Total US sales of video game hardware and software increased 204% from 1994 to 2014, reaching $ billion in 2014, while violent crimes decreased 37% and murders by juveniles acting alone fell 76% in that same period. [ 133 ] [ 134 ] [ 135 ] [ 136 ] [ 82 ] [ 83 ] The juvenile Violent Crime Index arrest rate in 2012 was 38% below 1980 levels and 63% below 1994, the peak year. [ 83 ] The number of high school students who had been in at least one physical fight decreased from 43% in 1991 to 25% in 2013, and student reports of criminal victimization at school dropped by more than half from 1995 to 2011. [ 107 ] [ 106 ] An Aug. 2014 peer-reviewed study found that: "Annual trends in video game sales for the past 33 years were unrelated to violent crime... Monthly sales of video games were related to concurrent decreases in aggravated assaults." [ 84 ]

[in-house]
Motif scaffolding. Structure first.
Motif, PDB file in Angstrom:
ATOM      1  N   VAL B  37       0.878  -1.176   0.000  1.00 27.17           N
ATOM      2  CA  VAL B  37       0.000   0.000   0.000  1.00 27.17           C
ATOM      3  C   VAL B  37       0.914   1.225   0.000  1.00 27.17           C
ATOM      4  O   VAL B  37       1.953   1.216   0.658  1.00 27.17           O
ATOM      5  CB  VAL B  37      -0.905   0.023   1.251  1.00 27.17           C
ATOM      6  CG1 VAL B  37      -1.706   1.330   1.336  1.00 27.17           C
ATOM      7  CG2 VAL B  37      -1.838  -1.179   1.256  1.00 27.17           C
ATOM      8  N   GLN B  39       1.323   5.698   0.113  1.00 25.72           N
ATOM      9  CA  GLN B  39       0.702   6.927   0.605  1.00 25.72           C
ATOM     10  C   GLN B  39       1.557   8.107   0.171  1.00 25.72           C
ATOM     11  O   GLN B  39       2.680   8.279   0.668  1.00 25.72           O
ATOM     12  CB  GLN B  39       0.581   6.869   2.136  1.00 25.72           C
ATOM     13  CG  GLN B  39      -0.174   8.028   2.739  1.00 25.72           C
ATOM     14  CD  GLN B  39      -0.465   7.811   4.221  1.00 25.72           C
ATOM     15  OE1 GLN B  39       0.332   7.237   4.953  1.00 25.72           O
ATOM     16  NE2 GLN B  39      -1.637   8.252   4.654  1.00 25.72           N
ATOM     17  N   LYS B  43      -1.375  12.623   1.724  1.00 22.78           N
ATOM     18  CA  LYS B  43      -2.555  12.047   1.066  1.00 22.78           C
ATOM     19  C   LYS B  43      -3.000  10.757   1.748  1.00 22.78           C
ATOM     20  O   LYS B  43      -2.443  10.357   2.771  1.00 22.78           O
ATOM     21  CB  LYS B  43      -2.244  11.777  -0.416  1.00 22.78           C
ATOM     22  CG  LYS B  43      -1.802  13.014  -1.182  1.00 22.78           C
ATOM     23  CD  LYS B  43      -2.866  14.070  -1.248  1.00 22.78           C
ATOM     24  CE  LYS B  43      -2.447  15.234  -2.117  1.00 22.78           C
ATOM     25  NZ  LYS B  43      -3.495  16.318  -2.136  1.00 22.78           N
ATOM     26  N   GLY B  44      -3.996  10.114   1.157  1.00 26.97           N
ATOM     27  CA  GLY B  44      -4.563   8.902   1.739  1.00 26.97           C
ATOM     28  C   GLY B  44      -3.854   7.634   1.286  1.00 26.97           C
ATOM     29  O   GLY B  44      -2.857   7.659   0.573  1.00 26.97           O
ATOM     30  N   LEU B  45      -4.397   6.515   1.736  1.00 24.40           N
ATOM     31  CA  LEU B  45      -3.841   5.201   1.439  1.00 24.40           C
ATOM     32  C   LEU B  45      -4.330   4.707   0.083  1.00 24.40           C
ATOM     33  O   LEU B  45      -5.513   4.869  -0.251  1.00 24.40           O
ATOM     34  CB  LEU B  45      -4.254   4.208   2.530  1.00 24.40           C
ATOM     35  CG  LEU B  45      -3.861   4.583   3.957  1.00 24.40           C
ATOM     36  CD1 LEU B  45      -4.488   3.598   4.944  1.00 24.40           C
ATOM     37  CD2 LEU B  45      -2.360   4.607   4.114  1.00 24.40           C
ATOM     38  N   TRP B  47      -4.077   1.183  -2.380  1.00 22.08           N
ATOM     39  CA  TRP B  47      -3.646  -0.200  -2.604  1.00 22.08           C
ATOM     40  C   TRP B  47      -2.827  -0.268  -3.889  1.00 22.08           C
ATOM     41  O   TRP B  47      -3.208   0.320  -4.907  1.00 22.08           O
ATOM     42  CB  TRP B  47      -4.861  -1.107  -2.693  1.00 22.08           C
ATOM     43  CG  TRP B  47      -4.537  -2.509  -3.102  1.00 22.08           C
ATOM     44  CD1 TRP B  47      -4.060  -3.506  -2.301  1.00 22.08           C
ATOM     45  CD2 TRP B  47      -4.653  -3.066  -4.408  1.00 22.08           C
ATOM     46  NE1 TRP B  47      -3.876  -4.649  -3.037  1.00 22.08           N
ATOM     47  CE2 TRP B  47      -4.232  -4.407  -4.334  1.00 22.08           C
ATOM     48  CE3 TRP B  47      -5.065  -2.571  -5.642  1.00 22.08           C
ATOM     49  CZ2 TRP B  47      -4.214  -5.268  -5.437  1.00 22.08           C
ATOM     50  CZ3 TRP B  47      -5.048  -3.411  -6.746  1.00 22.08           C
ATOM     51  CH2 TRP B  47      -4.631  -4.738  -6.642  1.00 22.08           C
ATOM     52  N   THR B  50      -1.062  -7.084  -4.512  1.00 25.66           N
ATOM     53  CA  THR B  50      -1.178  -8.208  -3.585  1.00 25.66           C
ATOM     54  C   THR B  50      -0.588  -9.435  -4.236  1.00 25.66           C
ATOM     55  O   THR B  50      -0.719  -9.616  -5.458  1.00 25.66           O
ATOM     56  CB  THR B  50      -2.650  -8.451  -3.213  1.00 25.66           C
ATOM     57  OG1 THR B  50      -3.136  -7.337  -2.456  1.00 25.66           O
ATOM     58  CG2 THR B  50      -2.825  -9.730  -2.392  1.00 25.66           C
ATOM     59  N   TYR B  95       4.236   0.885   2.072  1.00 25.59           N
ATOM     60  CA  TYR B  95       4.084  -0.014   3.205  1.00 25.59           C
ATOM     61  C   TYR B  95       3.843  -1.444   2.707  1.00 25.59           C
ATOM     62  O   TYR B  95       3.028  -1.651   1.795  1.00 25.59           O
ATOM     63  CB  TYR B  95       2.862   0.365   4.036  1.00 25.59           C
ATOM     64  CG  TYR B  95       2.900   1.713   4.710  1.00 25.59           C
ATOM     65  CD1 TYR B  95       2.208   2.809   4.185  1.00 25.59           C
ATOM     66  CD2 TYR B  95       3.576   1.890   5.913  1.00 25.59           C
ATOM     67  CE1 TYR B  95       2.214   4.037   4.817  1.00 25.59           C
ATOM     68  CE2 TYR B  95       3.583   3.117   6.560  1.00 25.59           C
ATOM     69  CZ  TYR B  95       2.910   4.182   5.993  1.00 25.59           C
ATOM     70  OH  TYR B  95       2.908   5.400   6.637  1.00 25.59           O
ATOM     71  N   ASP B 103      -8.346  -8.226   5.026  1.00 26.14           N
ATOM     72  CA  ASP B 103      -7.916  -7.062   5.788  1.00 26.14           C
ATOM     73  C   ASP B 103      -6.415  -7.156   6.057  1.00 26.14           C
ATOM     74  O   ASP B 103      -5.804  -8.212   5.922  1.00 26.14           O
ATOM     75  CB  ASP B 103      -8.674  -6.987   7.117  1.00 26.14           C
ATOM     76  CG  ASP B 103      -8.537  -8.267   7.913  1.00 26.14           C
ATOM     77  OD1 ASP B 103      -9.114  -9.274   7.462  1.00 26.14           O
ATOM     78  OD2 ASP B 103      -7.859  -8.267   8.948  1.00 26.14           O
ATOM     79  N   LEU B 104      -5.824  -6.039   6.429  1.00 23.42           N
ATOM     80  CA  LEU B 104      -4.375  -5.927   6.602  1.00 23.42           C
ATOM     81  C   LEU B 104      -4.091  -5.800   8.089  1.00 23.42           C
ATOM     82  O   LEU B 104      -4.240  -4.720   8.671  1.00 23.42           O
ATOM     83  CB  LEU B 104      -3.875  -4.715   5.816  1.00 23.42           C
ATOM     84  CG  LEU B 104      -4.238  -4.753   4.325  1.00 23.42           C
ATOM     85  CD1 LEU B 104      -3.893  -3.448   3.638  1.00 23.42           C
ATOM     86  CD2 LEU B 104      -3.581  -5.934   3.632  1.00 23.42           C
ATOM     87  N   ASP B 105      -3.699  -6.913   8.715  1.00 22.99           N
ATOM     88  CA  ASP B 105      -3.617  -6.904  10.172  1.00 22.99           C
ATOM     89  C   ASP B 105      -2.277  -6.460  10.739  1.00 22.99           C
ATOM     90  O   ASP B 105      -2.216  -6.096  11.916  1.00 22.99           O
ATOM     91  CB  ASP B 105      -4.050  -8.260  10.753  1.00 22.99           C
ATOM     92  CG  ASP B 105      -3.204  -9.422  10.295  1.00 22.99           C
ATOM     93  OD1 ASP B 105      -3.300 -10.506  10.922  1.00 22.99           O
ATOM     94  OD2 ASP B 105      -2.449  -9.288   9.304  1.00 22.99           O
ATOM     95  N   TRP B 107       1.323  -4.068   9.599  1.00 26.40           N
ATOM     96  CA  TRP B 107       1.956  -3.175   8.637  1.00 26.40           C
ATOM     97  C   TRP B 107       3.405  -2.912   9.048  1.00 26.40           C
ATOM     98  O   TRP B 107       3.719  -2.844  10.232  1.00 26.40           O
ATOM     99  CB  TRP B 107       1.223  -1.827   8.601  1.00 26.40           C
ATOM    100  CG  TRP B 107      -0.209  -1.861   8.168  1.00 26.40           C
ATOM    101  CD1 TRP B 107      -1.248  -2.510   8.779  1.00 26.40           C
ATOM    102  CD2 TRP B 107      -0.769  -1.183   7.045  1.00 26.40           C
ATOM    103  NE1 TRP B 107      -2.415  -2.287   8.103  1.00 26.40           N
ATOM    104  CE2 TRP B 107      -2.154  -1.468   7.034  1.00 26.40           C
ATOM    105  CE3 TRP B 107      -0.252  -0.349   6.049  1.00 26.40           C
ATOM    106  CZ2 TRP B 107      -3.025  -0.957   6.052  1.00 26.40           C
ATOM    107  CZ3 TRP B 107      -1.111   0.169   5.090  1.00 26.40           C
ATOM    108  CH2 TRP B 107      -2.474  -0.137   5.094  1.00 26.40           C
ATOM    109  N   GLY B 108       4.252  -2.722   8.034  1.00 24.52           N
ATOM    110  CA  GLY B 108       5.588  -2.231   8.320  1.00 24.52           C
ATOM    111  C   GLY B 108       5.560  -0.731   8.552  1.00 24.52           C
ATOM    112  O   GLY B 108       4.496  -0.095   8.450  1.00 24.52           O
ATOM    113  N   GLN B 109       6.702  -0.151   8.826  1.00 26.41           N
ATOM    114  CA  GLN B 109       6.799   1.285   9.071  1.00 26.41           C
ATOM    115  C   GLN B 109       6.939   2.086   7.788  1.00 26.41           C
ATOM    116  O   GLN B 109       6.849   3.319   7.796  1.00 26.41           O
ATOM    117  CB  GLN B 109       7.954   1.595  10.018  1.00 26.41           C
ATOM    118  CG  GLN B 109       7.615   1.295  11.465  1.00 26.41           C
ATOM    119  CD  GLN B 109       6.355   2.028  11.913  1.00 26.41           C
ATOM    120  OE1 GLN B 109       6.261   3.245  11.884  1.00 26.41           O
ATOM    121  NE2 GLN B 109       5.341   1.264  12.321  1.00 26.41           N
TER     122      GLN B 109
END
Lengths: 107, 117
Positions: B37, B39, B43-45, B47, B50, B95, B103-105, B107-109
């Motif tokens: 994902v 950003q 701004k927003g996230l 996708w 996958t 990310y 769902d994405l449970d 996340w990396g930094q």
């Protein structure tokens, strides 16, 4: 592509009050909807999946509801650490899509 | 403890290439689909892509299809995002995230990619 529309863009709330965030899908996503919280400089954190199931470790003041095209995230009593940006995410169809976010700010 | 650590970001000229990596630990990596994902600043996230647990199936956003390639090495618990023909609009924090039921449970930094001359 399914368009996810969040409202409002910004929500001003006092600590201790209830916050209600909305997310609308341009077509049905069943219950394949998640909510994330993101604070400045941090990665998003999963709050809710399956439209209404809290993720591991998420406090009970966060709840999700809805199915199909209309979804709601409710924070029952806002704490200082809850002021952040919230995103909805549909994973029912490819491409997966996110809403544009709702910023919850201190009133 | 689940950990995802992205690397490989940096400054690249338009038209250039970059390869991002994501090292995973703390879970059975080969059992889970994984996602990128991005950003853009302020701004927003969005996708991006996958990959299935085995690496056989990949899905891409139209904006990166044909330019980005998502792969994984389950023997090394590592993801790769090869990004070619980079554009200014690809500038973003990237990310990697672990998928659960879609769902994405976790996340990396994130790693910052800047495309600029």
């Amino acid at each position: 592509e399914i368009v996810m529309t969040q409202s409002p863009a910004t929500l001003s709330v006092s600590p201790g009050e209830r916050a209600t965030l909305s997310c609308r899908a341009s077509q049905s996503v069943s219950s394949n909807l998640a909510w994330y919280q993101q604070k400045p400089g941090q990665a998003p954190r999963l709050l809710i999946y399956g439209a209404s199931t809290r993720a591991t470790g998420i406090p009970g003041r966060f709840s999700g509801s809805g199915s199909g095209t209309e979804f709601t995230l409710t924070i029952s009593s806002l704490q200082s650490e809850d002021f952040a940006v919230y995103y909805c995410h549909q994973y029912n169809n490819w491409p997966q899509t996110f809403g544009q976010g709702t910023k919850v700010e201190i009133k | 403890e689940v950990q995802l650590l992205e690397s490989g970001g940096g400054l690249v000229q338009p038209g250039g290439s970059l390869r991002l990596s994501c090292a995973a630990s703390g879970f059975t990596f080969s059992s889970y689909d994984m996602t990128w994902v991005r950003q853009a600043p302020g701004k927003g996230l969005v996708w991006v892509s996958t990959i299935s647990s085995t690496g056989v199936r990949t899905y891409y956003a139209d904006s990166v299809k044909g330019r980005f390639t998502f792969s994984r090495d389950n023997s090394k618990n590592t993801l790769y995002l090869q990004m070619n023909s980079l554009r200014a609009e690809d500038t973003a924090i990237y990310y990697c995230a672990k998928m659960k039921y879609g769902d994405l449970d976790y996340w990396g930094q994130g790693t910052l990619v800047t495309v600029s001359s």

I agree that there is no obvious correlation here. But only the headline suggests that, not the study’s author. And of course very bookish kids have traditionally been the social outsiders with little concern on the part of parents and psychologists. Video games are not books. “Action” happens only within the confines of someone else’s game and is limited. And while the skills involved in gaming have some relevance to real life, their overall benefit to intellectual development is much lower than the benefits to improving verbal skills, reading comprehension, and just the greater exposure to a broad array of characters and ideas that you get from books.